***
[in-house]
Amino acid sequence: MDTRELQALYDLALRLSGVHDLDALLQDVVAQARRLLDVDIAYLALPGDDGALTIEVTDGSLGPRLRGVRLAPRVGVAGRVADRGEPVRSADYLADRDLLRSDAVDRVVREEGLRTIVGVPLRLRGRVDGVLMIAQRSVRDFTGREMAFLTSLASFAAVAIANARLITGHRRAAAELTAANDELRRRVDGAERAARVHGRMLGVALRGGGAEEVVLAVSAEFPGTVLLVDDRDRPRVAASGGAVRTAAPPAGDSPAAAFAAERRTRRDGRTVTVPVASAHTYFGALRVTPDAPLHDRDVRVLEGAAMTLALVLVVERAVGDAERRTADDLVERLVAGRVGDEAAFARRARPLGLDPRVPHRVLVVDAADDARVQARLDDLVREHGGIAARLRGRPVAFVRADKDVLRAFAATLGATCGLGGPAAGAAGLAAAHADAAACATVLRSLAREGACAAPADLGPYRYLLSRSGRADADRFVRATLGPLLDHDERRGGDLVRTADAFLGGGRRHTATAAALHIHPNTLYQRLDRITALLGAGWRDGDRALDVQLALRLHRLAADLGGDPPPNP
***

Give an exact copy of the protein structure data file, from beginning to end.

[in-house]
Amino acid sequence: MDTRELQALYDLALRLSGVHDLDALLQDVVAQARRLLDVDIAYLALPGDDGALTIEVTDGSLGPRLRGVRLAPRVGVAGRVADRGEPVRSADYLADRDLLRSDAVDRVVREEGLRTIVGVPLRLRGRVDGVLMIAQRSVRDFTGREMAFLTSLASFAAVAIANARLITGHRRAAAELTAANDELRRRVDGAERAARVHGRMLGVALRGGGAEEVVLAVSAEFPGTVLLVDDRDRPRVAASGGAVRTAAPPAGDSPAAAFAAERRTRRDGRTVTVPVASAHTYFGALRVTPDAPLHDRDVRVLEGAAMTLALVLVVERAVGDAERRTADDLVERLVAGRVGDEAAFARRARPLGLDPRVPHRVLVVDAADDARVQARLDDLVREHGGIAARLRGRPVAFVRADKDVLRAFAATLGATCGLGGPAAGAAGLAAAHADAAACATVLRSLAREGACAAPADLGPYRYLLSRSGRADADRFVRATLGPLLDHDERRGGDLVRTADAFLGGGRRHTATAAALHIHPNTLYQRLDRITALLGAGWRDGDRALDVQLALRLHRLAADLGGDPPPNP